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accept Adams affairs answer appear appointed army asked attend August Baltimore believe called cause character conduct Congress consider constitution continued course Dear Sir doubt effect election event expect fear federal force France French give given Hamilton hands hear hope idea important Indians interest James John July late leave letter majority March Maryland matter McHenry McHenry wrote McHenry's means measures military mind minister necessary never object officers opinion party passed peace perhaps person Philadelphia Pickering Pinckney present President probably proper question reason received remain respect Secretary seems Senate sent sincerely soon taken thing thought tion treaty United vote Washington wish write written wrote York
Page 68 - I consider it as an indispensable duty to close this last solemn act of my official life, by commending the interests of our dearest country, to the protection of Almighty God, and those who have the superintendence of them to his holy keeping. " Having now finished the work assigned me, I retire from the great theatre of action ; and, bidding an affectionate farewell to this august body, under whose orders I have long acted, I here offer my commission, and take my leave of all the employments of...
Page 420 - I have for some time past viewed the political concerns of the United States with an anxious and painful eye. They appear to me to be moving by hasty strides to a crisis; but in what it will result, that Being, who sees, foresees, and directs all things, alone can tell. The vessel is afloat, or very nearly so, and considering myself as a passenger only, I shall trust to the mariners (whose duty it is to watch) to steer it into a safe port.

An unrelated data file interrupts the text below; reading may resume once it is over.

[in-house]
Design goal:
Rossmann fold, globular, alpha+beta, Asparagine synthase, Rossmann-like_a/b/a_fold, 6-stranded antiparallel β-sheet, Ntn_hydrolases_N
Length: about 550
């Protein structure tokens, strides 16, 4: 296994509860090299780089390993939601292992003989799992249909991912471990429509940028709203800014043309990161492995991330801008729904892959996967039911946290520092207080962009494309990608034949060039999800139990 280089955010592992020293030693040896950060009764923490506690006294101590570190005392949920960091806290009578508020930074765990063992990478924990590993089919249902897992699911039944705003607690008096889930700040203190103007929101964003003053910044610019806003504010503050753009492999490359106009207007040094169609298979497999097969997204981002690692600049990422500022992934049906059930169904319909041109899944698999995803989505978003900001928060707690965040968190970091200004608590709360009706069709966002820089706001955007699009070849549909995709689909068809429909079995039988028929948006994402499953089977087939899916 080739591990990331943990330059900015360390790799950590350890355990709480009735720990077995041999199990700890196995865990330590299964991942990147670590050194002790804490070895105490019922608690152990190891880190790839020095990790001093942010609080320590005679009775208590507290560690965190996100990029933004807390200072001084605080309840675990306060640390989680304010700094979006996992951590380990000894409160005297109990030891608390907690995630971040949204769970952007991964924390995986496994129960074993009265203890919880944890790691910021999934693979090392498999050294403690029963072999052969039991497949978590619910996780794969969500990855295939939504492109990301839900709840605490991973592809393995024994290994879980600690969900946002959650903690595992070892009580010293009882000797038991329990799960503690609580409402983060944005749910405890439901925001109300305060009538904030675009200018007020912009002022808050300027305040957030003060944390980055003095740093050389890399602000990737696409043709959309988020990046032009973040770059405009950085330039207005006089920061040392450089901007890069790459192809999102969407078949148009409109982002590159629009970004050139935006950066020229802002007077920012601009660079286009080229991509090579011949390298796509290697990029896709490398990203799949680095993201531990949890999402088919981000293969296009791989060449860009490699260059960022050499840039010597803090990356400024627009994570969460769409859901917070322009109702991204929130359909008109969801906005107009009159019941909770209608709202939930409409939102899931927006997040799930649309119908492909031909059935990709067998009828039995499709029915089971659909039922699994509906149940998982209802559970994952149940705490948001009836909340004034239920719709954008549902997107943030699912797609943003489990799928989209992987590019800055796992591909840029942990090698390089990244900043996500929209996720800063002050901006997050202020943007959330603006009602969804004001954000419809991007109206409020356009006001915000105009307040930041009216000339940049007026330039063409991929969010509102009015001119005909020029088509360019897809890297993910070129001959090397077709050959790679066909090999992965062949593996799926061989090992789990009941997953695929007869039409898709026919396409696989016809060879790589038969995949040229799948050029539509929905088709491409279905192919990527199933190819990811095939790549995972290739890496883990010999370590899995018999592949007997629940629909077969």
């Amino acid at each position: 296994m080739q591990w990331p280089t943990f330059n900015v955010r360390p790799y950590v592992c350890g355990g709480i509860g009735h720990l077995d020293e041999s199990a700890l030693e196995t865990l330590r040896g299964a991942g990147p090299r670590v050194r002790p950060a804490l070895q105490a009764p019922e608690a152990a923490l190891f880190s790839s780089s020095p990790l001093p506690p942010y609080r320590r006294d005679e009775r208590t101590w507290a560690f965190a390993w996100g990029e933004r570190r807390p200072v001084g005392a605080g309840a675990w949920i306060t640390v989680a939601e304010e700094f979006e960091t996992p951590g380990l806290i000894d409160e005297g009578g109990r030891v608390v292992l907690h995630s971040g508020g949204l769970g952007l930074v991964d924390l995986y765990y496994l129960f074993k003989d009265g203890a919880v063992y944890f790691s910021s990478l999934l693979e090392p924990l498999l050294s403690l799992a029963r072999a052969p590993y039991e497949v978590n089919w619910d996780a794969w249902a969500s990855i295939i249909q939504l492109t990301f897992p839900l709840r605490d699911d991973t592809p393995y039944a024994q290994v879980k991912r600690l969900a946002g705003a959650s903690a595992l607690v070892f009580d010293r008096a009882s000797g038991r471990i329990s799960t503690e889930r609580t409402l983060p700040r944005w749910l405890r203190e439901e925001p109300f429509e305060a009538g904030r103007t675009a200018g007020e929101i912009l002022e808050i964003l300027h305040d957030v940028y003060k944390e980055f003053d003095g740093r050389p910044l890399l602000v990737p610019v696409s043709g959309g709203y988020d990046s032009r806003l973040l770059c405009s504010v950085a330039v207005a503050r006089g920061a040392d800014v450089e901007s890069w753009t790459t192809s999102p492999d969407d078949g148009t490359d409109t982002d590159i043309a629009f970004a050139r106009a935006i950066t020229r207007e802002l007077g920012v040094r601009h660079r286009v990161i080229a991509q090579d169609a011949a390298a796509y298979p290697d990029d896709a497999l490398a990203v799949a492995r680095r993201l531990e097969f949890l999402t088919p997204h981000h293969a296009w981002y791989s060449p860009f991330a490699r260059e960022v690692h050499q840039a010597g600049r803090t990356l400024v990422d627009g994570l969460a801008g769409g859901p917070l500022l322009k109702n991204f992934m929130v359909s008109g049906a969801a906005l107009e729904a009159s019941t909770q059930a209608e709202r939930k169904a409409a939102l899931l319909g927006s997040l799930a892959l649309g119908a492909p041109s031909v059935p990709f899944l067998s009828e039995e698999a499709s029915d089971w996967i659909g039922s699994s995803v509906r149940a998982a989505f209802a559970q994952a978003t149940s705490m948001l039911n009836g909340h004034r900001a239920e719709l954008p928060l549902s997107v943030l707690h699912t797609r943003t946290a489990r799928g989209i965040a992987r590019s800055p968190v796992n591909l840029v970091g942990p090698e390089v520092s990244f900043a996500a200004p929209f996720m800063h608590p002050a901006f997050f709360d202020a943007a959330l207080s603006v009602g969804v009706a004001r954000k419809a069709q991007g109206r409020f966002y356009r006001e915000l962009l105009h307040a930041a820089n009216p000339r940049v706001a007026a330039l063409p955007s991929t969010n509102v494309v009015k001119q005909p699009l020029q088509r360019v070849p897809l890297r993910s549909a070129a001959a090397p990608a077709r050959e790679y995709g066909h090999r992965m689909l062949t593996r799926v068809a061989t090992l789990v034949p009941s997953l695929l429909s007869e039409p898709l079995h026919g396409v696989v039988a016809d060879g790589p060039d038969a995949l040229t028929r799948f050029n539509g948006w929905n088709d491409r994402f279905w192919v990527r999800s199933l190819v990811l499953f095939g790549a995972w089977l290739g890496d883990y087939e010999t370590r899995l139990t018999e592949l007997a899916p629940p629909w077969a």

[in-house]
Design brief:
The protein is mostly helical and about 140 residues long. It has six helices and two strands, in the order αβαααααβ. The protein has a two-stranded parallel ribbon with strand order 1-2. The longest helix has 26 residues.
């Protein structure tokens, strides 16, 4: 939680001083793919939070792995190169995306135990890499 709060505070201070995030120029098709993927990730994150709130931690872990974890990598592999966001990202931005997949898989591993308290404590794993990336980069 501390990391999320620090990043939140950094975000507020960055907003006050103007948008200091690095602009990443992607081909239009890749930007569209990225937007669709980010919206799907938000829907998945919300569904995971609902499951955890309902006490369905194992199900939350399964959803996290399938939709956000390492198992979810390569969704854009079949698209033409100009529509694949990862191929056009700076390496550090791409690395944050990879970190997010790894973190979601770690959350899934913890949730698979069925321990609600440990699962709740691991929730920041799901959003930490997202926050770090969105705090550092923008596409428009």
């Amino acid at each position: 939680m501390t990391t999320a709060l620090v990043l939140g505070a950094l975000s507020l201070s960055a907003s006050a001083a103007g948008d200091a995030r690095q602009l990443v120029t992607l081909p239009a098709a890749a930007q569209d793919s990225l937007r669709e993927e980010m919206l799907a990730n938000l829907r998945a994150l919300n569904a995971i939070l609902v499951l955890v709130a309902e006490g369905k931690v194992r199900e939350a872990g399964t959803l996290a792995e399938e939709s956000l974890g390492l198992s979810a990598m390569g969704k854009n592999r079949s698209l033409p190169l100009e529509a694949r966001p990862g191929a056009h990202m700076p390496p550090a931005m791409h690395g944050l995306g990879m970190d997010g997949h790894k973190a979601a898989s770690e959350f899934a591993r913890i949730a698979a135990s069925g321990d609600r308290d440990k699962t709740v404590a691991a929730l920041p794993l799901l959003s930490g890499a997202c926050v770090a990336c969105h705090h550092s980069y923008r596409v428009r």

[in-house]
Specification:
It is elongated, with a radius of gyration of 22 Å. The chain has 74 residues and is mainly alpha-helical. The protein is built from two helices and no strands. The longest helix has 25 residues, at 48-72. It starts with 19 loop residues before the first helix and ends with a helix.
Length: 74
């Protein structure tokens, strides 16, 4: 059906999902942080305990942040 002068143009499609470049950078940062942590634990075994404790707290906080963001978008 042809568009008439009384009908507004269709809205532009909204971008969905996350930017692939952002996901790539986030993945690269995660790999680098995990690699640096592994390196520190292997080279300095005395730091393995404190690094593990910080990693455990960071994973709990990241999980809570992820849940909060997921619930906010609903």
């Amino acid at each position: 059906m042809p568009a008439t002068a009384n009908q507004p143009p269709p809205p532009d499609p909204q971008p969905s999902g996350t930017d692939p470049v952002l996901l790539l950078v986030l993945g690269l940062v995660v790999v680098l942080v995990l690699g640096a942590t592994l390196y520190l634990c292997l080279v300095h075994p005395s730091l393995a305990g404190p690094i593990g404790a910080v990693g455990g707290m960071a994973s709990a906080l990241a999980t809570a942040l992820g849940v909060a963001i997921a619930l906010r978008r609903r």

Page 337 - ... call Generals Knox and Hamilton into service as soon as you please. Your request, to be informed whether I attach any portion of the intrigues, which I alluded to, if any have been employed, to you, is reasonable; and I have no scruple to acknowledge that your conduct through the whole towards me has been candid. I have suspected, however, that extraordinary pains were taken with you to impress upon your mind that the public opinion and the unanimous wish of the federalists was, that General...
Page 431 - Beware, my dear sir, of magnifying a riot into an Insurrection, by employing, in the first instance, an inadequate force. 'Tis better far to err on the other side. Whenever the Government appears in arms, it it ought to appear like a HERCULES, and inspire respect by the display of strength.
Page 222 - Navy did not take place till some time after. I well remember the meeting, for I have often thought of it since. It was composed of Mr. Wolcott, yourself, Mr. Lee, and myself. Mr. Adams, in a familiar way, said, " Gentlemen, what think you of Mr. Gerry for the mission ? " None of the gentlemen offering to speak, I observed : " I have served in the old Congress with Mr. Gerry. If, sir, it was a desirable thing to distract the mission, a fitter person could not, perhaps, bo found. It is ten to one...
Page 309 - ... office I now hold, were too numerous to be detailed in this letter, and are too obvious and important to escape the observation of any part of America or Europe. But as it is a movement of great delicacy, it will require all your address to communicate the subject in a manner that shall be unoffensive to his feelings and consistent with all the respect that is due from me to him.
Page 460 - They write private letters. To whom ? To each other. But they do nothing to give a proper direction to the public mind.
Page 89 - I have ever been a friend to adequate powers in Congress, without which, it is evident to me, we never shall establish a national character or be considered as on a respectable footing by the powers of Europe. We are either a united people under one head and for federal purposes, or we are thirteen independent sovereignties eternally counteracting each other.
Page 320 - Your opinion respecting the unfitness of a certain gentleman for the office he holds, accords with mine, and it is to be regretted, / sorely, at this time, that these opinions are so well founded. I early discovered after he entered upon' tfte duties of his office, that his talents were unequal to great exertions or deep resources.